A couple of decades ago, I was reading a publication put out by the National Lampoon when I was struck by something that has remained with me all this time. I don't even remember if it was a regular issue of the magazine or some kind of special one-shot, but the conceit was that the publication was serving as an anthology of old newspaper and magazine articles; the most memorable was a report/review, dating back to 1975, of a new late-night comedy program on NBC.
The reporter was heavily dismayed by what he saw as the excessive preparation put in by the performers of what would soon be called Saturday Night Live. Here's the part I remember distinctly from this writer, disgusted that supposed hipsters would actually be rehearsing comedy, and I'm pretty sure this is a verbatim quote: "Comedy's got to come tumbling from the soul, like a Clapton solo. Lenny, man!" Those are words to live by, for sure -- the part about tumbling from the soul, not the part about "Lenny, man!" -- although I have never really had the opportunity to live by them.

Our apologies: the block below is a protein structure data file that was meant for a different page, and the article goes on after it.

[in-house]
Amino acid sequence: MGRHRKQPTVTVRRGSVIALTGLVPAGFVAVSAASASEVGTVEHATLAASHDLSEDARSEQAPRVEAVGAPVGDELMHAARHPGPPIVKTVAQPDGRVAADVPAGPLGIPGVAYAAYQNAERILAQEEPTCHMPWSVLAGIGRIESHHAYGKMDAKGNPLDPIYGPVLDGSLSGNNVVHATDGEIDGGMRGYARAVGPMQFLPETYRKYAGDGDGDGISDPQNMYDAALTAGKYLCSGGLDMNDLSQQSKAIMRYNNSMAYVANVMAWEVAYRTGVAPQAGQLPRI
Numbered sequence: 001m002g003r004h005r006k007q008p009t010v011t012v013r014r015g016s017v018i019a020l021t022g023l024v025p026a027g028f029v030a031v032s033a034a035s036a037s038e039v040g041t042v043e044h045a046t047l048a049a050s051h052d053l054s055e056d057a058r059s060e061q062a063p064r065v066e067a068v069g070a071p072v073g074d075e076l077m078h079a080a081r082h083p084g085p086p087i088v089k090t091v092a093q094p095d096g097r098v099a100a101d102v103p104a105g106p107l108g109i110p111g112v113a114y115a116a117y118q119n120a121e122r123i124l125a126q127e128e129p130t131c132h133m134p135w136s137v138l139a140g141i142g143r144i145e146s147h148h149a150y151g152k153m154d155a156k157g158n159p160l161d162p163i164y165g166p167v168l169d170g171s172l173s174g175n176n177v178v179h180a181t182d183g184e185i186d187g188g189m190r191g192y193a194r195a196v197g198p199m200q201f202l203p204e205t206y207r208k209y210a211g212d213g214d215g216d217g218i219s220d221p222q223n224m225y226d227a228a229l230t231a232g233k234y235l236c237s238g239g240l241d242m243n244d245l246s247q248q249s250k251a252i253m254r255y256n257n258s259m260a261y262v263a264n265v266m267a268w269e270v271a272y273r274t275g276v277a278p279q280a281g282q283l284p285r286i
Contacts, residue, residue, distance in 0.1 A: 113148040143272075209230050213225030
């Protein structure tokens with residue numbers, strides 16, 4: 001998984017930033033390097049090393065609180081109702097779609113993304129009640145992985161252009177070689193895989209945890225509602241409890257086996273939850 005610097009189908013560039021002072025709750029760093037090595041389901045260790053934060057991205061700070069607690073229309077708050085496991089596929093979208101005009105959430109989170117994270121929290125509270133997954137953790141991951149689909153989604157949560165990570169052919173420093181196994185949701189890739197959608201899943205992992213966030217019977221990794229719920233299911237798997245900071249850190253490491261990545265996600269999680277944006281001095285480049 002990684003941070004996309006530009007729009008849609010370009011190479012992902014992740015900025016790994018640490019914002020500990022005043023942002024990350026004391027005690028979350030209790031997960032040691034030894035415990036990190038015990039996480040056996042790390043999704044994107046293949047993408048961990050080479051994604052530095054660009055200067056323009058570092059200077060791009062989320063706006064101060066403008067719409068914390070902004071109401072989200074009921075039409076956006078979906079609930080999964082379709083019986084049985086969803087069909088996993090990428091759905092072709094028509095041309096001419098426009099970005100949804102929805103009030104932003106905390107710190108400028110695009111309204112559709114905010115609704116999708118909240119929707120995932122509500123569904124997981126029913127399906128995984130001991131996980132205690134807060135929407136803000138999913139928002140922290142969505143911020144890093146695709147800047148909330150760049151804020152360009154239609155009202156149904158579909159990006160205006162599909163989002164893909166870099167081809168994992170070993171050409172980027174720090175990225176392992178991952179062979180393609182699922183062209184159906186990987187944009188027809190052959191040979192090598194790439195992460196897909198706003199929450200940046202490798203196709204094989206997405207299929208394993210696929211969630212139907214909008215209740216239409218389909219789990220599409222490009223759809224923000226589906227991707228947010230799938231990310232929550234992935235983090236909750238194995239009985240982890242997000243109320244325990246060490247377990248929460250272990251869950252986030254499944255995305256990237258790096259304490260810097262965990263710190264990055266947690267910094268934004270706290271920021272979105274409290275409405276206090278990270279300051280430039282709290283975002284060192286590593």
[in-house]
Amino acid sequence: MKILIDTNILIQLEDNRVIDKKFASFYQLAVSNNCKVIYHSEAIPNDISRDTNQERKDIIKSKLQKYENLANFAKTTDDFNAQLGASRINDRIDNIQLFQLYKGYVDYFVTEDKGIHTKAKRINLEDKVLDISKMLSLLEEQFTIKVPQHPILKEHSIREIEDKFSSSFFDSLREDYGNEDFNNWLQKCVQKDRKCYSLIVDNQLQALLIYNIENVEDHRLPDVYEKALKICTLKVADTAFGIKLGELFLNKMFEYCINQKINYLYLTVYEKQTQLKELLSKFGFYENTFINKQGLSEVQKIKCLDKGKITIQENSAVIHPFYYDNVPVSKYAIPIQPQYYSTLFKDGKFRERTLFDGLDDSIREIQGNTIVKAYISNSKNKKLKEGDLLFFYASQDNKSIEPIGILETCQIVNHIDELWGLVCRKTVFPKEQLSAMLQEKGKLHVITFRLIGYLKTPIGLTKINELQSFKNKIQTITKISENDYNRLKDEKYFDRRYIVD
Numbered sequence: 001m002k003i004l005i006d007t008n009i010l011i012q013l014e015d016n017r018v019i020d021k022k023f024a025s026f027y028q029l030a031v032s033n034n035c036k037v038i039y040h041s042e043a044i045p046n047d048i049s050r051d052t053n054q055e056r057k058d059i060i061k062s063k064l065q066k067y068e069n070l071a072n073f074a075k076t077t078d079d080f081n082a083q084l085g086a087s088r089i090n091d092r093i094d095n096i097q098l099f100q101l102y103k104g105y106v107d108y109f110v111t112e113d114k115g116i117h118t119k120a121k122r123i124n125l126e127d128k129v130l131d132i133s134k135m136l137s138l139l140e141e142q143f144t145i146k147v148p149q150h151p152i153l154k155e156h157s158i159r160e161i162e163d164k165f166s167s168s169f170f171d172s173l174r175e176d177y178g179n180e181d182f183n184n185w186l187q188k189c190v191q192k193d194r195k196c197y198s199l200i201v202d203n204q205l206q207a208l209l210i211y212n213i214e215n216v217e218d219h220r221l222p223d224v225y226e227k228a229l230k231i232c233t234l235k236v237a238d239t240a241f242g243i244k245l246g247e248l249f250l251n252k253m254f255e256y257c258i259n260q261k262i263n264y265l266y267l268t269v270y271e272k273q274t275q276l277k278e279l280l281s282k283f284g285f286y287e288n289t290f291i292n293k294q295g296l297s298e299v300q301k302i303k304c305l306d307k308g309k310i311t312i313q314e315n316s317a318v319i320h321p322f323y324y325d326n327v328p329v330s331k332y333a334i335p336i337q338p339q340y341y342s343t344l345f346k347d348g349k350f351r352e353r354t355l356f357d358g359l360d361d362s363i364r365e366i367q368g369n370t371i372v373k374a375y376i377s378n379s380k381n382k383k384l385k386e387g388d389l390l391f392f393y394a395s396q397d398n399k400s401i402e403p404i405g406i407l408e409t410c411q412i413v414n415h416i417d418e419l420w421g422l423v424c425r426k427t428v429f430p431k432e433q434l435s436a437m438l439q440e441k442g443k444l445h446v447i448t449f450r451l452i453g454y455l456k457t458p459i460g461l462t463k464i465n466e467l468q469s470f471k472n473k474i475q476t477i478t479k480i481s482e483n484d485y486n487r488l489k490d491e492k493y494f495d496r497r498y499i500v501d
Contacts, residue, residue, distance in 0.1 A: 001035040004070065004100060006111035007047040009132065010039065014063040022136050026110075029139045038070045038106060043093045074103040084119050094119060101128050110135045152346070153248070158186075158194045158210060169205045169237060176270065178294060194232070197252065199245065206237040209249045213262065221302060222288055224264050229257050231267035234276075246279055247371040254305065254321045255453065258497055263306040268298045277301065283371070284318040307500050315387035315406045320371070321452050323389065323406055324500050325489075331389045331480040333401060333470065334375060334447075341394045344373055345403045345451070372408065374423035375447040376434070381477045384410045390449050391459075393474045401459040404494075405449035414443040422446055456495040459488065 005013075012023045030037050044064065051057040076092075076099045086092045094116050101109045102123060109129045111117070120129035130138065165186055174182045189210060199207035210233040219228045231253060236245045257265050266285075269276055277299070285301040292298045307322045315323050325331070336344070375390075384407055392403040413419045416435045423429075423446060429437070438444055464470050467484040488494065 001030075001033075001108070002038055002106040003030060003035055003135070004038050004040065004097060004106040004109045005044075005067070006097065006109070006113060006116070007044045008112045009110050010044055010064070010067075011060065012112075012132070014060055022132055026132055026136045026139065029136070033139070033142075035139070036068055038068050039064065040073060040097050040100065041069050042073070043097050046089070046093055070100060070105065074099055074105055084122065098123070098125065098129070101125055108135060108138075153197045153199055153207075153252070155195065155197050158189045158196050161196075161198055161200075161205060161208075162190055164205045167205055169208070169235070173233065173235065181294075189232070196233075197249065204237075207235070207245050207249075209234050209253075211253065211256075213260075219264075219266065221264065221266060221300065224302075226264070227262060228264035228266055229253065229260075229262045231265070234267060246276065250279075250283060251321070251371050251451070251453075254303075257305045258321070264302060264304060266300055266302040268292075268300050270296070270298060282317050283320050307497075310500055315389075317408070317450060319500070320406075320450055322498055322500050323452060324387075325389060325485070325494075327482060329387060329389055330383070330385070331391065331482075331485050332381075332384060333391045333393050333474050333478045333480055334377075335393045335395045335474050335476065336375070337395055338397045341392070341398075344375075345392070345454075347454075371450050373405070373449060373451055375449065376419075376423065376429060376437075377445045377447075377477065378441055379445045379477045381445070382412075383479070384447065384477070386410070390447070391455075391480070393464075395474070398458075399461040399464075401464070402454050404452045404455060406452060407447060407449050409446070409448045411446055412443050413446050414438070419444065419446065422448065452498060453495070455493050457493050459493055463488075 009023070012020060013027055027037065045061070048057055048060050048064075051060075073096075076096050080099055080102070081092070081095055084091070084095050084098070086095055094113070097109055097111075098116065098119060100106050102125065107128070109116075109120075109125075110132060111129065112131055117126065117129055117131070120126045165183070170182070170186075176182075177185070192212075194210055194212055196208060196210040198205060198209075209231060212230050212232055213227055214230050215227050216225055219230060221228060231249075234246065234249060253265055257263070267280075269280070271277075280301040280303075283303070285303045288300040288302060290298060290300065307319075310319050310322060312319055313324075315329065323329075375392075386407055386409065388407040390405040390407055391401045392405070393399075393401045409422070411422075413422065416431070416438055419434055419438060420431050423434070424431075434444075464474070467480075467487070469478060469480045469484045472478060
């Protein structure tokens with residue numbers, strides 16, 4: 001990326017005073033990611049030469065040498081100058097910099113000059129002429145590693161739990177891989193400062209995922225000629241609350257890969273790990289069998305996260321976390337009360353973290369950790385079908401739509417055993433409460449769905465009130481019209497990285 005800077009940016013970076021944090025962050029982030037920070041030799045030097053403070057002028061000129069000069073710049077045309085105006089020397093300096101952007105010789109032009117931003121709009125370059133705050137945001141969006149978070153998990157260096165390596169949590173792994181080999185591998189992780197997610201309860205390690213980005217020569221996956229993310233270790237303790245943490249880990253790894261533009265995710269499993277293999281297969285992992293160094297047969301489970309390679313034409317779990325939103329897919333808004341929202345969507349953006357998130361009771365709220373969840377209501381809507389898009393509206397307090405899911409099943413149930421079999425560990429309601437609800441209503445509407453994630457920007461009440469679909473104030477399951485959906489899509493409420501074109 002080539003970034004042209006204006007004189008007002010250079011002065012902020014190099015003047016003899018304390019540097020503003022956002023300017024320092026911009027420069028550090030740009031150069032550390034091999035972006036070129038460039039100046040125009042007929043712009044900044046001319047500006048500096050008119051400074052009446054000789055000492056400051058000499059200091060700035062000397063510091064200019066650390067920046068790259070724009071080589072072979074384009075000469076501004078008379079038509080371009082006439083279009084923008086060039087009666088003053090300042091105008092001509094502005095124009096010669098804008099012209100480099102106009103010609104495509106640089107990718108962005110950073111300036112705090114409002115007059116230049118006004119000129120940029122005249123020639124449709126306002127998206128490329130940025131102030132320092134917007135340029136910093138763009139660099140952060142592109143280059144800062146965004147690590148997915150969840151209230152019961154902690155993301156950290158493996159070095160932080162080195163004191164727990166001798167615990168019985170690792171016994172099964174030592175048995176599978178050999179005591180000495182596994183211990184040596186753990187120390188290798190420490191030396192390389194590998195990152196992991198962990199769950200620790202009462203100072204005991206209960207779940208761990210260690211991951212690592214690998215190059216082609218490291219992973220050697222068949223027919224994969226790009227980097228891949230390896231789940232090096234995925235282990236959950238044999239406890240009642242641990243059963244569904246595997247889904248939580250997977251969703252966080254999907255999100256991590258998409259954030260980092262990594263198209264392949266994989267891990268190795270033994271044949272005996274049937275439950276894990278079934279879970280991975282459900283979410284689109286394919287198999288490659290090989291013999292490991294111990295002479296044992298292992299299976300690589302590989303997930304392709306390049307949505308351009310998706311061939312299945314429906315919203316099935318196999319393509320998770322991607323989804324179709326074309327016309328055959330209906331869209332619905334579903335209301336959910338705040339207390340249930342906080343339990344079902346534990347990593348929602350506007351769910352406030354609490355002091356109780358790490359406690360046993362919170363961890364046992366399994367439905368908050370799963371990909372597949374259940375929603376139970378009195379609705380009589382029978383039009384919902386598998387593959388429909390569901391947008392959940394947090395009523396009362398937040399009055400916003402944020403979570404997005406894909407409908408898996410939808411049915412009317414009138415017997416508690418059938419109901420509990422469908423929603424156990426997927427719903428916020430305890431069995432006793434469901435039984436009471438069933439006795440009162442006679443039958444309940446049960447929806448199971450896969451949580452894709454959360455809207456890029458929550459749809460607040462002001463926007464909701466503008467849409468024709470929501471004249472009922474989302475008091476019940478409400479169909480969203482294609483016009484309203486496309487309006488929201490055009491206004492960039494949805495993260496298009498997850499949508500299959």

But it seems to me that blogging, if done properly, would fit into those parameters: heartfelt, idiosyncratic, semi-planned, gushing forth from the depths of one's being (as well as an excuse to steal lines from 25-year-old issues of National Lampoon). Both in practice and in theory, that seems what blogging ought to aspire to. You, the reader, will know that I've truly gotten the hang of this when you read a post of mine that seems to come tumbling from the soul, like a Clapton solo.